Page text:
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Double Sentence

Rating: 2 out of 5 stars
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Deaf and hard of hearing prisoners find themselves in a lonely and frustrating world, cut off from their peers and denied regular contact with people of their own culture; so states a report by the Deaf Cultural Centre.

Two years ago, artistic director Paula Garfield, having met and talked to a deaf prisoner, began research that has resulted in this new Deafinitely Theatre production, written by Andrew Muir from a series of work-shopped ideas. But sadly this doesn't have the feel of a Littlewood Theatre Workshop piece, carefully constructed and honed, but rather constitutes a series of short vignettes which are not always clear in either their intention or style. 

Tom, a young deaf man, has been sent to prison for brutally beating up a man (a fact we only learn late in the play), and from the moment he arrives it is clear that the guards are not prepared to acknowledge or deal with his deafness; this is their world where conformity is the keyword. Yet he experiences a very different relationship with another deaf prisoner, Alex (beautifully played by Wayne Jemmott), who has a knack of predicting winners for horse races – his prediction of a Grand National winner becomes central to the second half of the play.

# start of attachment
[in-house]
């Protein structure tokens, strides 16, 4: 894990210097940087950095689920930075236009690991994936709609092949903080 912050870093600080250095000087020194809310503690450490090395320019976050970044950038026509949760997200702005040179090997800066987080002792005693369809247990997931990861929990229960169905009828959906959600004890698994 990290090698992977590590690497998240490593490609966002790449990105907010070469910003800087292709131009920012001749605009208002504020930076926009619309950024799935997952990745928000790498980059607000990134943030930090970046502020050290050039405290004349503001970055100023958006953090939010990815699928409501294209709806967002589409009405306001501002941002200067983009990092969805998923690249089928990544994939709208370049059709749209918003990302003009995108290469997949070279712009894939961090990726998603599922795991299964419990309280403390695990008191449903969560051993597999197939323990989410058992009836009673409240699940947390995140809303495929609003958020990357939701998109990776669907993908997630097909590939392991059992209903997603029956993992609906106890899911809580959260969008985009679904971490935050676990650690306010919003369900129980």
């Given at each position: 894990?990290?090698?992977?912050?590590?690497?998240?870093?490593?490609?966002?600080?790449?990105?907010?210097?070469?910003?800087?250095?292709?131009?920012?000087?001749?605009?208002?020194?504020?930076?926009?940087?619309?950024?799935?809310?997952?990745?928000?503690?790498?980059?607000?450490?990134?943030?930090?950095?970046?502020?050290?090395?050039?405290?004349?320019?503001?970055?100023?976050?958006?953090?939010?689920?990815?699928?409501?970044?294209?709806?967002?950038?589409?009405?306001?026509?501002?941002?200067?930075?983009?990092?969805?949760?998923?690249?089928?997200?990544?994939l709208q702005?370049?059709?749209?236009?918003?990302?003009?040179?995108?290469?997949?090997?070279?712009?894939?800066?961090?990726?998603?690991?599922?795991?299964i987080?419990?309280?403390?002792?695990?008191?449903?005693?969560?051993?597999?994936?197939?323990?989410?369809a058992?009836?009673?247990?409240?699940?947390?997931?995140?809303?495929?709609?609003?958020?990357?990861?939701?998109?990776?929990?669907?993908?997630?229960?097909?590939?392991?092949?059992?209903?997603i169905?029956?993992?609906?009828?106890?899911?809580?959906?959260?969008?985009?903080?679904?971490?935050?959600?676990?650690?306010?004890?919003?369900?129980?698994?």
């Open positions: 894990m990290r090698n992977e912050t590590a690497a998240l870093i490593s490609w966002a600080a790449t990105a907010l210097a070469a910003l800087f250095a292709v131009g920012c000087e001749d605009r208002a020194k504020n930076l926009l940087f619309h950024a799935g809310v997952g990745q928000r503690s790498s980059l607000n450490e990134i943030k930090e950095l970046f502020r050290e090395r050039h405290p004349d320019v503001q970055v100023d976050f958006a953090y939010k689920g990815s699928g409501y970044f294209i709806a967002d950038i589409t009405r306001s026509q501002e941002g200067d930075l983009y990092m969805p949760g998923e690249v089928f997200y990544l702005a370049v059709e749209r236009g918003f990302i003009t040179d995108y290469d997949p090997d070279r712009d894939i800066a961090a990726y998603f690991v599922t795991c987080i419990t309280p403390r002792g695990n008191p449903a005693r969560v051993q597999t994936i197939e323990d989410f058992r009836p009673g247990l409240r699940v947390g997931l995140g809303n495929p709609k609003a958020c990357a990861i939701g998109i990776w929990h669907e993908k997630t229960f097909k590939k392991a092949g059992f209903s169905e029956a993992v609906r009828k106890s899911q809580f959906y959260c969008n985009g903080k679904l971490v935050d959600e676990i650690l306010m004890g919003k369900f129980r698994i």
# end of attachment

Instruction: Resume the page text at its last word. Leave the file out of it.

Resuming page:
The play's opening, with three speech therapists trying to get Tom to say his name, has a menacing quality reminiscent of Anne Jellicoe's Sport of my Mother; but the timescale of this is never clarified and their subsequent appearances behind the prison bars at odd intervals do little to develop the plot or atmosphere.

The double act of the two guards at times borders on vaudeville but it's unclear whether this is intentional for, as we find out later, Mike is a bitter twisted man, twice divorced, who has never achieved anything in life and hates any sign of individuality, destroying people by mockery. Whilst well acted the part is miscast as the character is clearly a lot older than that of the actor (the dialogue clearly states that he has been a warden for 26 years).

It's rare to see sign language incorporated into performance on stage and this company deserves to flourish. But there is a mismanagement of focus at present; for example, why not have Anna, the psychologist, speak and sign, which would relieve the strain on the audience from reading surtitles that are projected unhelpfully high up.

- Dave Jordan


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